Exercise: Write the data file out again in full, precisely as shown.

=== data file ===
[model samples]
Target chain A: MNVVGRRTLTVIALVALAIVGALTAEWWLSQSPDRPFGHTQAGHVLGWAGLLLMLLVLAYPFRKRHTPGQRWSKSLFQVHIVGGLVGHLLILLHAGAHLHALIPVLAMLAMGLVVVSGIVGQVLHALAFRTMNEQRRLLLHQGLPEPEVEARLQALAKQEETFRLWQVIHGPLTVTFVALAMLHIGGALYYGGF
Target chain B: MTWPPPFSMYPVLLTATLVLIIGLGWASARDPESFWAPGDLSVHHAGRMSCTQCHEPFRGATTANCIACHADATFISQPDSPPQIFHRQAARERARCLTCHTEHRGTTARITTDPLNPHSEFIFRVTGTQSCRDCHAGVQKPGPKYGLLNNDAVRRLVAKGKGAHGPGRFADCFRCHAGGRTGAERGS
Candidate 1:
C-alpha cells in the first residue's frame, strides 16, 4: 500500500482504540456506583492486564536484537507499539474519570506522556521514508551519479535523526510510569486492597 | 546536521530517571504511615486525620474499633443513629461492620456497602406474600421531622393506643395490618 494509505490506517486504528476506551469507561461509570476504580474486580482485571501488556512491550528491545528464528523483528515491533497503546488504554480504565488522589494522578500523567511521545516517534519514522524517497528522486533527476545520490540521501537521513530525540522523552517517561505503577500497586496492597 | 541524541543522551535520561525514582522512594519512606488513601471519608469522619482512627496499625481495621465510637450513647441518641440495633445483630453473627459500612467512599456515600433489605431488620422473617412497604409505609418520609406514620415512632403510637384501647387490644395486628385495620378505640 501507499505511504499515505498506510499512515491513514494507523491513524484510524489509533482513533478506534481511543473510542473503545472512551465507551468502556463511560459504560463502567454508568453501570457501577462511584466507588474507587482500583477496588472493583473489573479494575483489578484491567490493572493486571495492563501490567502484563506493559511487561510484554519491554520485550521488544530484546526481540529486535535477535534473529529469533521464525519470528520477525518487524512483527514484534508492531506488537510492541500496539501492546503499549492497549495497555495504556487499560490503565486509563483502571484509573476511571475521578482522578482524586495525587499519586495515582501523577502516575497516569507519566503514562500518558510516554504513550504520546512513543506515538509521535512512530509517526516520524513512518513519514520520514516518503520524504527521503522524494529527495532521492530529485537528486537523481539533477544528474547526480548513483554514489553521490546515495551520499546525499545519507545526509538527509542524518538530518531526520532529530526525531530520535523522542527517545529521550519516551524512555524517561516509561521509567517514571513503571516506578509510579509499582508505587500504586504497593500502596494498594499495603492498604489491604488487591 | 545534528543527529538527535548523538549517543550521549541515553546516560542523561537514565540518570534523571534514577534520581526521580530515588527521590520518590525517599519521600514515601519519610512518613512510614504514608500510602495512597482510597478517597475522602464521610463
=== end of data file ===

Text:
[model samples]
Target chain A: MNVVGRRTLTVIALVALAIVGALTAEWWLSQSPDRPFGHTQAGHVLGWAGLLLMLLVLAYPFRKRHTPGQRWSKSLFQVHIVGGLVGHLLILLHAGAHLHALIPVLAMLAMGLVVVSGIVGQVLHALAFRTMNEQRRLLLHQGLPEPEVEARLQALAKQEETFRLWQVIHGPLTVTFVALAMLHIGGALYYGGF
Target chain B: MTWPPPFSMYPVLLTATLVLIIGLGWASARDPESFWAPGDLSVHHAGRMSCTQCHEPFRGATTANCIACHADATFISQPDSPPQIFHRQAARERARCLTCHTEHRGTTARITTDPLNPHSEFIFRVTGTQSCRDCHAGVQKPGPKYGLLNNDAVRRLVAKGKGAHGPGRFADCFRCHAGGRTGAERGS
Candidate 1:
C-alpha cells in the first residue's frame, strides 16, 4: 500500500482504540456506583492486564536484537507499539474519570506522556521514508551519479535523526510510569486492597 | 546536521530517571504511615486525620474499633443513629461492620456497602406474600421531622393506643395490618 494509505490506517486504528476506551469507561461509570476504580474486580482485571501488556512491550528491545528464528523483528515491533497503546488504554480504565488522589494522578500523567511521545516517534519514522524517497528522486533527476545520490540521501537521513530525540522523552517517561505503577500497586496492597 | 541524541543522551535520561525514582522512594519512606488513601471519608469522619482512627496499625481495621465510637450513647441518641440495633445483630453473627459500612467512599456515600433489605431488620422473617412497604409505609418520609406514620415512632403510637384501647387490644395486628385495620378505640 501507499505511504499515505498506510499512515491513514494507523491513524484510524489509533482513533478506534481511543473510542473503545472512551465507551468502556463511560459504560463502567454508568453501570457501577462511584466507588474507587482500583477496588472493583473489573479494575483489578484491567490493572493486571495492563501490567502484563506493559511487561510484554519491554520485550521488544530484546526481540529486535535477535534473529529469533521464525519470528520477525518487524512483527514484534508492531506488537510492541500496539501492546503499549492497549495497555495504556487499560490503565486509563483502571484509573476511571475521578482522578482524586495525587499519586495515582501523577502516575497516569507519566503514562500518558510516554504513550504520546512513543506515538509521535512512530509517526516520524513512518513519514520520514516518503520524504527521503522524494529527495532521492530529485537528486537523481539533477544528474547526480548513483554514489553521490546515495551520499546525499545519507545526509538527509542524518538530518531526520532529530526525531530520535523522542527517545529521550519516551524512555524517561516509561521509567517514571513503571516506578509510579509499582508505587500504586504497593500502596494498594499495603492498604489491604488487591 | 545534528543527529538527535548523538549517543550521549541515553546516560542523561537514565540518570534523571534514577534520581526521580530515588527521590520518590525517599519521600514515601519519610512518613512510614504514608500510602495512597482510597478517597475522602464521610463